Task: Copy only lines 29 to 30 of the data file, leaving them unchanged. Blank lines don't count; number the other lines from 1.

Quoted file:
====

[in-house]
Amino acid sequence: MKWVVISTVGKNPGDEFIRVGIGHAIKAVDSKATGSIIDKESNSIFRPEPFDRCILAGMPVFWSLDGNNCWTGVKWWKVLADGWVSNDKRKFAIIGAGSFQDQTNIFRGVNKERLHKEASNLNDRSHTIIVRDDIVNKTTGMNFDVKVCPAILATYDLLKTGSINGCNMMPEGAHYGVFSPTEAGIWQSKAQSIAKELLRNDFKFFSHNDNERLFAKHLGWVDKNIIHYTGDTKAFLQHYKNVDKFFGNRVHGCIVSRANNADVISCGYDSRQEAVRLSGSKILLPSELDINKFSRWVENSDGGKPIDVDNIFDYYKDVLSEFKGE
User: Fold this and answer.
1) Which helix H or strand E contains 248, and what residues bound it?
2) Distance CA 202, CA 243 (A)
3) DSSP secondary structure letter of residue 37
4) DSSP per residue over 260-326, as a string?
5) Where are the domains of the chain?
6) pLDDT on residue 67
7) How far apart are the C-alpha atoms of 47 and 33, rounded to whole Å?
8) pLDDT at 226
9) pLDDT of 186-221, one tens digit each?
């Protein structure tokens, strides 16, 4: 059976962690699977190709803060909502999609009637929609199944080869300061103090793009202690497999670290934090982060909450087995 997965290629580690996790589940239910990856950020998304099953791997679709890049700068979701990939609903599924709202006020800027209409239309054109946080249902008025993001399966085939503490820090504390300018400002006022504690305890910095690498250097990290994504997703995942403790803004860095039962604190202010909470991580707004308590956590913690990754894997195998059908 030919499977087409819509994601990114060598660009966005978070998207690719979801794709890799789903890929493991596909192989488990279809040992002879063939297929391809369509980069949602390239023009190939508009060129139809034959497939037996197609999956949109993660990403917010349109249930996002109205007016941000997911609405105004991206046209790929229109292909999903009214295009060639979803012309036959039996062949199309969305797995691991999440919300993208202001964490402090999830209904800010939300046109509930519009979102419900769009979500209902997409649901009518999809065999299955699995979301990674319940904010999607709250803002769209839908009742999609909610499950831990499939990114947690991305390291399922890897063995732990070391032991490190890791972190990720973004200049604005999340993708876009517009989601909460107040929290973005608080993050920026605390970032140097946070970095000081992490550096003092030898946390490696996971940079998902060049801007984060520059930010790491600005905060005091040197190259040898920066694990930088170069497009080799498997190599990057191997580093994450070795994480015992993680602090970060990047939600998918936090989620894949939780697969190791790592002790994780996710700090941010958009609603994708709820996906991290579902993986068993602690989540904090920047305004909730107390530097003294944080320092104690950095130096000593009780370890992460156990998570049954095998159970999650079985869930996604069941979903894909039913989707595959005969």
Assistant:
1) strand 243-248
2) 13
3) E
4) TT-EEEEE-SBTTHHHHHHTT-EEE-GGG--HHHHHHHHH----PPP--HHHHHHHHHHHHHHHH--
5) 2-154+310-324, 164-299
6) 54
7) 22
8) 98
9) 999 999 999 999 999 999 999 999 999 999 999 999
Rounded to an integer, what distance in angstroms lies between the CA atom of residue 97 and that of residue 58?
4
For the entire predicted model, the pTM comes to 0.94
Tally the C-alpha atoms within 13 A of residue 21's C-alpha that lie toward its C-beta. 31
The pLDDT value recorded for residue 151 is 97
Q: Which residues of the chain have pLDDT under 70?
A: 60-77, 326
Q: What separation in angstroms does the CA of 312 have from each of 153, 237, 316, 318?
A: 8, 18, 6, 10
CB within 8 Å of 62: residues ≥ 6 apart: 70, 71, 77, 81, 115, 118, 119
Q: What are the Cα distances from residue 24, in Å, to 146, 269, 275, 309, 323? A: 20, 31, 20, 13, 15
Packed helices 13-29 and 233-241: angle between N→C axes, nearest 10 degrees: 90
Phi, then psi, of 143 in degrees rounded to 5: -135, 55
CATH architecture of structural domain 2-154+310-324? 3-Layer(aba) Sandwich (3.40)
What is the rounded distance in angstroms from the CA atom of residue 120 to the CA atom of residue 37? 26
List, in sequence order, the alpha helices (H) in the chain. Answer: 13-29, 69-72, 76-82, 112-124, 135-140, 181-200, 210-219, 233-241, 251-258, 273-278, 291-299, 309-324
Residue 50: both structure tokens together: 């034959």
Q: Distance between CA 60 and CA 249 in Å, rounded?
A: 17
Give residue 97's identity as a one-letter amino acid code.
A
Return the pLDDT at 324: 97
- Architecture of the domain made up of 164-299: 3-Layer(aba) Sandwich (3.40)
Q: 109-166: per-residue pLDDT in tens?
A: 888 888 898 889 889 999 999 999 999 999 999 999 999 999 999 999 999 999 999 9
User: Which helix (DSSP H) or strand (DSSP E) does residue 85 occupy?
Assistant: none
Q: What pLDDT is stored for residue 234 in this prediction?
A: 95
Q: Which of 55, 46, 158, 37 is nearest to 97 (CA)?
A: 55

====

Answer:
Q: Which residues of the chain have pLDDT under 70?
A: 60-77, 326